Heinrich Wolff

Heinrich Wolff is an architect who believes architecture can and should be used as a force for social change, and to address issues of inequality.

Born in South Africa in 1970, Heinrich Wolff studied at the University of Pretoria and the University of Cape Town. From 1998 until 2012 Wolff worked alongside Jo Noero at Noero Wolff Architects. Today, he is in practice with his wife Ilze as Wolff Architects.

The duo’s work has been exhibited at the Venice Biennale twice (2006, 2010), the Sao Paolo Biennale twice (2005, 2007) and at the Museum of Modern Art in New York (2010), among other international venues.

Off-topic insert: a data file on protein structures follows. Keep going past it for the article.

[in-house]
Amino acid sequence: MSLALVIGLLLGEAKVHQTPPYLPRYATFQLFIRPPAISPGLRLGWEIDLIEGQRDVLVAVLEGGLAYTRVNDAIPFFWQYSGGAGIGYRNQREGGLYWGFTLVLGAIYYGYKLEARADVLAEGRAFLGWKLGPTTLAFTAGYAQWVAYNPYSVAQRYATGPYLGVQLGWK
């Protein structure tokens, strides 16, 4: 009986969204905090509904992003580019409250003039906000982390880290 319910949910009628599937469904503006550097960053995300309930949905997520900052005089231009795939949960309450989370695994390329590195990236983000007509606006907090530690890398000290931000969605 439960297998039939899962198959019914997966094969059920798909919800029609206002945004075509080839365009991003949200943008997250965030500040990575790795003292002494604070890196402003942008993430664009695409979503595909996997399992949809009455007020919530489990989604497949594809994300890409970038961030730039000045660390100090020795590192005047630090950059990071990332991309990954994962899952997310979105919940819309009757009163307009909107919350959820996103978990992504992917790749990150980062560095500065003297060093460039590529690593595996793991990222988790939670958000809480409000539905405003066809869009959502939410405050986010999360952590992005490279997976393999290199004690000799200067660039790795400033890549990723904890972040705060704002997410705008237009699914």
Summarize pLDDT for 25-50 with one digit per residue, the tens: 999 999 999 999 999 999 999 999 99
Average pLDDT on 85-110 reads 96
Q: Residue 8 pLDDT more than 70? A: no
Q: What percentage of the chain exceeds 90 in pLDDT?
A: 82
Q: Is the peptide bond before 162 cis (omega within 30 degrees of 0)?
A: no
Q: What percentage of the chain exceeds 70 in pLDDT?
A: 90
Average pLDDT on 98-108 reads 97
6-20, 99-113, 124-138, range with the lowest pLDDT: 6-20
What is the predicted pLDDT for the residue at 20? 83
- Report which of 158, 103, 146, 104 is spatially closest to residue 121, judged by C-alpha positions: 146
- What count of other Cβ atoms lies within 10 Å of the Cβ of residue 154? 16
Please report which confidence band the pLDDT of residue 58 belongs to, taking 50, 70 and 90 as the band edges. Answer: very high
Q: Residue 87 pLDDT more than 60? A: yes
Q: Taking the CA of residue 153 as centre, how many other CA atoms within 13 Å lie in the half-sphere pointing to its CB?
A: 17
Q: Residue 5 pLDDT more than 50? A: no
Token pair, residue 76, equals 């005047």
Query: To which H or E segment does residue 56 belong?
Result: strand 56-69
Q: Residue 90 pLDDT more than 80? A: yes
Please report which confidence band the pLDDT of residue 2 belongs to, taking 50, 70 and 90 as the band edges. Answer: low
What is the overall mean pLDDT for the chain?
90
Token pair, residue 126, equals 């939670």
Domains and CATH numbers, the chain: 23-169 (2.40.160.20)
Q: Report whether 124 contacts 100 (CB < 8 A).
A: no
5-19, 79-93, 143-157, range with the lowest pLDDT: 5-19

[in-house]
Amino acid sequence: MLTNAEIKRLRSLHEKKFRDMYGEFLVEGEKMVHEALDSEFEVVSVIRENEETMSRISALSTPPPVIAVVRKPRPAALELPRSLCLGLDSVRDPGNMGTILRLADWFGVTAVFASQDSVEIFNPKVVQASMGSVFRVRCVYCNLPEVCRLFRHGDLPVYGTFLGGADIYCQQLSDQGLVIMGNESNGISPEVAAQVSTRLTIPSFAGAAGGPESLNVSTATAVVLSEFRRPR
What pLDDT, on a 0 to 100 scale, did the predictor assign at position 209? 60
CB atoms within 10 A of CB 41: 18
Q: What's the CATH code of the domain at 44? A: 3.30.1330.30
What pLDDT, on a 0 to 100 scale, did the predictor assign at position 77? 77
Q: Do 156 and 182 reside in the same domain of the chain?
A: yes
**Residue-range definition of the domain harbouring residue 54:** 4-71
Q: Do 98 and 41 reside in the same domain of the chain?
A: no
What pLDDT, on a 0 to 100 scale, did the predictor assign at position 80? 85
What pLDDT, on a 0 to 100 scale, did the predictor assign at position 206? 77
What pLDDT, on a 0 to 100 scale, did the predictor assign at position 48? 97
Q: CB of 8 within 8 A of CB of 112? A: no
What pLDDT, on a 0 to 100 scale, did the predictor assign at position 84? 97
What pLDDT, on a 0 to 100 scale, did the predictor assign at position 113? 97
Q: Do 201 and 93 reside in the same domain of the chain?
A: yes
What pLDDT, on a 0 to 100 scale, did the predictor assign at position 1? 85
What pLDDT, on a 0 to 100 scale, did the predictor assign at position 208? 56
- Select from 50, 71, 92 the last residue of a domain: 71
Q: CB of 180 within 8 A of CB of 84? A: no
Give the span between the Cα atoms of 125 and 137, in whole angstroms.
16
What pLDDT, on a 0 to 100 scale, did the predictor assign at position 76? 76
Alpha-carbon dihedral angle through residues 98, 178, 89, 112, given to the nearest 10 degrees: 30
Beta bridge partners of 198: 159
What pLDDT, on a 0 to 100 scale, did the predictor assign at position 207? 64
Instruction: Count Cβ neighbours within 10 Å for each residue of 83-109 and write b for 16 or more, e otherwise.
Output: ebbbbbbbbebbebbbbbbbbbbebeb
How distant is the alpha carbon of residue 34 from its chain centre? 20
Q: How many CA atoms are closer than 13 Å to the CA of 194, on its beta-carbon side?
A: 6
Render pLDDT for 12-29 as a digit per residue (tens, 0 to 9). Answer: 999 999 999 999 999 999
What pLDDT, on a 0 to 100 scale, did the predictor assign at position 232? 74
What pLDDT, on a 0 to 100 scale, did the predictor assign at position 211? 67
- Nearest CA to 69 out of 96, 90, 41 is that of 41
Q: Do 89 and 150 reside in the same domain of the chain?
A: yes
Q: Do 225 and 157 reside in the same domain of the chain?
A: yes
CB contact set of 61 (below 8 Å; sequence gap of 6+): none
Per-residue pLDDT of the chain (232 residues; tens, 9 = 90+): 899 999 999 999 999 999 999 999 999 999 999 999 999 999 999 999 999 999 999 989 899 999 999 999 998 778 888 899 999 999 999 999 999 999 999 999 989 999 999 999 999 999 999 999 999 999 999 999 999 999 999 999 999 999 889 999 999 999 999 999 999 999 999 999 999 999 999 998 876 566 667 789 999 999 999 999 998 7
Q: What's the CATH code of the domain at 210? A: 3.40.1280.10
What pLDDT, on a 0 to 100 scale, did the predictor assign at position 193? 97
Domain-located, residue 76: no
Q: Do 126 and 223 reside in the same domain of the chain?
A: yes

Many of Wolff’s projects have been awarded local and international honours, with the most significant being the Lubetkin Prize from the Royal Institute of British Architects for the best building outside the European Union in 2005/2006.

In 2007 Wolff was awarded the prestigious DaimlerChrysler Award for South African Architecture.

Wolff has taught at universities in South Africa and the USA in the fields of design, theory and technology. He is currently teaching at the University of Cape Town, where his research has focussed on 20th Century architecture in the Third World, innovation in architecture at times of social change, and housing in South Africa.

Wolff also regularly contributes papers to academic conferences and his writing has been published extensively.